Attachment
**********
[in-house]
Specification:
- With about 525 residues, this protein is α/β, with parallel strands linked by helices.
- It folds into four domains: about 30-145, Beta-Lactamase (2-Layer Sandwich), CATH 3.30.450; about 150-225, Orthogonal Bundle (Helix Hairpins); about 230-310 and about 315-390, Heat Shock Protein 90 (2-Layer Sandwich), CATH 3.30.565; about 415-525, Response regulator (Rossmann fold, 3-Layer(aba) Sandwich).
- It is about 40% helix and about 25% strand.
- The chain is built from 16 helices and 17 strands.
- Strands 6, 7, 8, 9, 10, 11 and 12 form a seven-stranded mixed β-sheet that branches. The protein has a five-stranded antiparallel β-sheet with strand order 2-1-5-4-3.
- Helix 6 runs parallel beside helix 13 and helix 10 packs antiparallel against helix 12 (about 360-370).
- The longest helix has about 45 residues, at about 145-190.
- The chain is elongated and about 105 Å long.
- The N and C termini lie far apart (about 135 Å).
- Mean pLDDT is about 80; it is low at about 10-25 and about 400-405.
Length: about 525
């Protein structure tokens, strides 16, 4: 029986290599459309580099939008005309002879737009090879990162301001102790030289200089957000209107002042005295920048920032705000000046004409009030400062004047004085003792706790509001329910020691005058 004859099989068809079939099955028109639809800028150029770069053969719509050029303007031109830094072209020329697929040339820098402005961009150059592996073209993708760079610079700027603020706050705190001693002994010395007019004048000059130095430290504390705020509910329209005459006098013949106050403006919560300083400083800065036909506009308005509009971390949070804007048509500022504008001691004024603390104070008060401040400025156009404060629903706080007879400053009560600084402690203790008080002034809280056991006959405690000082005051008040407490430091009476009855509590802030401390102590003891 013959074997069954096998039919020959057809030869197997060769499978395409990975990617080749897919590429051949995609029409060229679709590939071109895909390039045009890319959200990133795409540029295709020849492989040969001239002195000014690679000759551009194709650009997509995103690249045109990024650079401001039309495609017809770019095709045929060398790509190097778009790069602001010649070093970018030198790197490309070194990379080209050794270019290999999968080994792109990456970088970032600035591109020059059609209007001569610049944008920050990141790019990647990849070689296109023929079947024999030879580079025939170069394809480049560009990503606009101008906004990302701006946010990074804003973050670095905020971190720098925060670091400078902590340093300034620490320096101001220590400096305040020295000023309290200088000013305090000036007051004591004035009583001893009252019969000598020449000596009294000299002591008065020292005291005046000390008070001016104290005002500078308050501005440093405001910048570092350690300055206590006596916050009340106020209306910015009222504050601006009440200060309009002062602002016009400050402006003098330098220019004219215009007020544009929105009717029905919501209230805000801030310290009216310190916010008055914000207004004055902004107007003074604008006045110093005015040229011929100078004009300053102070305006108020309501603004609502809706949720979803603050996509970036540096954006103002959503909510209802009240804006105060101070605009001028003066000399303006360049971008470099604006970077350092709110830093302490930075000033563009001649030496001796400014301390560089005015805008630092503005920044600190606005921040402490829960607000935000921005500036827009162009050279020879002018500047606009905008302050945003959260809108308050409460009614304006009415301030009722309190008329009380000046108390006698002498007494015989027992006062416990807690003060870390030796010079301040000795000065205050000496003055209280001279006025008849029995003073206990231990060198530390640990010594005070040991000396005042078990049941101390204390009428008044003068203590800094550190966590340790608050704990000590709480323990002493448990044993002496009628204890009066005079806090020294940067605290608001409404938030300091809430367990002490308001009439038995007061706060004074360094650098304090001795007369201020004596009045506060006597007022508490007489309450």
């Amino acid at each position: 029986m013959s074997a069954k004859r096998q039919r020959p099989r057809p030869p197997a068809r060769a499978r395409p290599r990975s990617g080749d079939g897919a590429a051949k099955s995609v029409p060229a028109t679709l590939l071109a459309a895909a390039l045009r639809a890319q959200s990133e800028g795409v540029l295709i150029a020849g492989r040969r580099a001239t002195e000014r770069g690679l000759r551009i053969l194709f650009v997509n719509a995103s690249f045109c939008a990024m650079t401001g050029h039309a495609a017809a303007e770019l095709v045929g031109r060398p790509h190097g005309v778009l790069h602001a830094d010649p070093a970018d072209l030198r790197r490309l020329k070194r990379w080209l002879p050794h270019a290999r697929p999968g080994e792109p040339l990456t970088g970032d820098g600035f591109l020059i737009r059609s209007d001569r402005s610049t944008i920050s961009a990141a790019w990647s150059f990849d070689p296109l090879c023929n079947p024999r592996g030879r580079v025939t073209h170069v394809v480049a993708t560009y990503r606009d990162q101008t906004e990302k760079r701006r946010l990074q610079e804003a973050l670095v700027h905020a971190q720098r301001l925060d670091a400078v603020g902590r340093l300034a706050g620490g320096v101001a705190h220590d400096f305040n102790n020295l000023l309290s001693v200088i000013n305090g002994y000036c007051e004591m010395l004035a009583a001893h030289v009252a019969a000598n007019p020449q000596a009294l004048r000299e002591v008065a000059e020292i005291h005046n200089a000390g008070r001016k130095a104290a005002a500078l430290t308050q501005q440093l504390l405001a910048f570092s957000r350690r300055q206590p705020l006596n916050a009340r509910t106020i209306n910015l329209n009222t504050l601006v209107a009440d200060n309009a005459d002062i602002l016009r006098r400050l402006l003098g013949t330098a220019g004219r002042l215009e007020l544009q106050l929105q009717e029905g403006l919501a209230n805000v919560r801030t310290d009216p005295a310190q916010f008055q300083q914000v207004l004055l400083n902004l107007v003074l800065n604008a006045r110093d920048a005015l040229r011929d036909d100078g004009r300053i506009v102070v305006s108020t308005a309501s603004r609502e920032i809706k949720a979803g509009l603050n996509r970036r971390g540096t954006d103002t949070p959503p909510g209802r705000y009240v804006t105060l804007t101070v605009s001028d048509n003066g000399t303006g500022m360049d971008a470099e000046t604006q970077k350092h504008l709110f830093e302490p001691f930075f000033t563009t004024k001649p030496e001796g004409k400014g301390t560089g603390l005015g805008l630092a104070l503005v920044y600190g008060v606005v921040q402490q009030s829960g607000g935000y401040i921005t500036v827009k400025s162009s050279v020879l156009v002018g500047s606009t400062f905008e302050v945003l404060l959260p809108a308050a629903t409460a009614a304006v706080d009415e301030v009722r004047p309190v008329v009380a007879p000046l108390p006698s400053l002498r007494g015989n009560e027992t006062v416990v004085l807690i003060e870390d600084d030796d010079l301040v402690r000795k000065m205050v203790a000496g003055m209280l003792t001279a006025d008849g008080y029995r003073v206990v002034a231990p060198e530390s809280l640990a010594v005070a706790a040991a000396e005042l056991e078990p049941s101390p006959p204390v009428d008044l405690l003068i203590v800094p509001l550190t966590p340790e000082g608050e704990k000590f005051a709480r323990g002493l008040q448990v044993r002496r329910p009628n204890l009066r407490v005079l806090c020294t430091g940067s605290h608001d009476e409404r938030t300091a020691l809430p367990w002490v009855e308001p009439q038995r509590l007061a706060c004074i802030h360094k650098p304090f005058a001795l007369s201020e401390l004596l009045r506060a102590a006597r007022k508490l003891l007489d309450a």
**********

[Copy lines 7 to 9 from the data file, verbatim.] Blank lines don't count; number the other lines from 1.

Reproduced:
- Strands 6, 7, 8, 9, 10, 11 and 12 form a seven-stranded mixed β-sheet that branches. The protein has a five-stranded antiparallel β-sheet with strand order 2-1-5-4-3.
- Helix 6 runs parallel beside helix 13 and helix 10 packs antiparallel against helix 12 (about 360-370).
- The longest helix has about 45 residues, at about 145-190.